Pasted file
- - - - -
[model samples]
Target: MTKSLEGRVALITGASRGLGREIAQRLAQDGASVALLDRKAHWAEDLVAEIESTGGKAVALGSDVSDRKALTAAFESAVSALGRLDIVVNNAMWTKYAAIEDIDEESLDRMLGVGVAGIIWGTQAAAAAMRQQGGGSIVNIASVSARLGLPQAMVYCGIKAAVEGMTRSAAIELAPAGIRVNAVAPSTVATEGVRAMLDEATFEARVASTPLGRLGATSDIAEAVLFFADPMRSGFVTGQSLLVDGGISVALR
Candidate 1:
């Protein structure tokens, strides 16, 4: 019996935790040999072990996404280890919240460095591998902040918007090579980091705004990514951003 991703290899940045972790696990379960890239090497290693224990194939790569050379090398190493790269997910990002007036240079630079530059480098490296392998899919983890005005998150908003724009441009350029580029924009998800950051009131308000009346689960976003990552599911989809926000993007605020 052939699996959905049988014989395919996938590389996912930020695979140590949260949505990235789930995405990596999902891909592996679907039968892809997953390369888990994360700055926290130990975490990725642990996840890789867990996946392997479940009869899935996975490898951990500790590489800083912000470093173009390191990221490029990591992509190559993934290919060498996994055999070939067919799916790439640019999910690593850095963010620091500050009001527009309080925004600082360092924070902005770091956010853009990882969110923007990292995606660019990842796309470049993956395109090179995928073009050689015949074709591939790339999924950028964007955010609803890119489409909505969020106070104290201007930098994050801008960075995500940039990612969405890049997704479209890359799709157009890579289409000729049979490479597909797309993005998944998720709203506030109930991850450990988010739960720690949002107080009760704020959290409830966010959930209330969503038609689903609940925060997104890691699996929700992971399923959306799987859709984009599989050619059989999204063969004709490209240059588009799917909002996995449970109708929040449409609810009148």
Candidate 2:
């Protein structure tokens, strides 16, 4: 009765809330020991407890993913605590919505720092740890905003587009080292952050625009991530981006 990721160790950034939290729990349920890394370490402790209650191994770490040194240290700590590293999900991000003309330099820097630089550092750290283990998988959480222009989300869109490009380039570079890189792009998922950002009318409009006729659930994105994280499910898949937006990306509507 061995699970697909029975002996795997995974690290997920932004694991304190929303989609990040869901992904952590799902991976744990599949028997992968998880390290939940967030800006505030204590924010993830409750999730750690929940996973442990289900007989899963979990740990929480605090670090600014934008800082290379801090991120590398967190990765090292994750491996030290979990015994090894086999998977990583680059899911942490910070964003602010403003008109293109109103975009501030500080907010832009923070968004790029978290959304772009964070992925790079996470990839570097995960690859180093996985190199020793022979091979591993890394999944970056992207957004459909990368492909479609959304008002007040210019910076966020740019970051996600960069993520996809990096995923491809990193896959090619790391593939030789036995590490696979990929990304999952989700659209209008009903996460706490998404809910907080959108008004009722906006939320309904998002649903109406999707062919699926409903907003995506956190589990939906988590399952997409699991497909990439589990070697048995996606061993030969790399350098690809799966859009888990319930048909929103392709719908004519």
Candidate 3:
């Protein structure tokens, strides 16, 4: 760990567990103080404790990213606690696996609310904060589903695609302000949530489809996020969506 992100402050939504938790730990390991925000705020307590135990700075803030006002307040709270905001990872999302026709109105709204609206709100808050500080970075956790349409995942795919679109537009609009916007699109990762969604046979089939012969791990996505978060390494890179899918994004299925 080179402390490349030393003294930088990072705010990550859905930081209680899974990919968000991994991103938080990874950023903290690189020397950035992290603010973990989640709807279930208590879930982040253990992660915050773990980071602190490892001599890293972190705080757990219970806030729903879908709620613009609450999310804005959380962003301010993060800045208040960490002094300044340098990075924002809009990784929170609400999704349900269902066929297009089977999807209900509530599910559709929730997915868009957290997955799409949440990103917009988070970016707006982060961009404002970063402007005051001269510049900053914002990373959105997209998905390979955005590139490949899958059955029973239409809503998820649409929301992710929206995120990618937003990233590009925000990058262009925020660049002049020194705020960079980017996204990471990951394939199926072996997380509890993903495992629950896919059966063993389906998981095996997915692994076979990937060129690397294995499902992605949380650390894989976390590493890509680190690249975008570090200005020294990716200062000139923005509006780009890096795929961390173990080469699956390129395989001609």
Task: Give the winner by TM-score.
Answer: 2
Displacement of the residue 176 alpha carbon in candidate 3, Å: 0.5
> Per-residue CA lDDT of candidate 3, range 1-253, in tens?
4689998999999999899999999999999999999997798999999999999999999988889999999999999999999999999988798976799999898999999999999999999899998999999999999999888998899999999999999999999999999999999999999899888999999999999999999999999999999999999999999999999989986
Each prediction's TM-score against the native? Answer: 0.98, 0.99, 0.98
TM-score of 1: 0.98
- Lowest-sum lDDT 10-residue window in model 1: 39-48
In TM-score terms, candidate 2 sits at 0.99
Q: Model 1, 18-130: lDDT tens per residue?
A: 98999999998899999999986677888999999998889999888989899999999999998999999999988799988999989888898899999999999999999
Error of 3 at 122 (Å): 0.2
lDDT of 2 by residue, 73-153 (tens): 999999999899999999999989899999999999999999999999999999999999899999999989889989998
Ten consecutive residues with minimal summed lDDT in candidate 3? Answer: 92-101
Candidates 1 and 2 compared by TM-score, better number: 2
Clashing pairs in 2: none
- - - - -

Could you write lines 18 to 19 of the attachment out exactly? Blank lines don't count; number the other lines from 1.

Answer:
Q: Model 1, 18-130: lDDT tens per residue?
A: 98999999998899999999986677888999999998889999888989899999999999998999999999988799988999989888898899999999999999999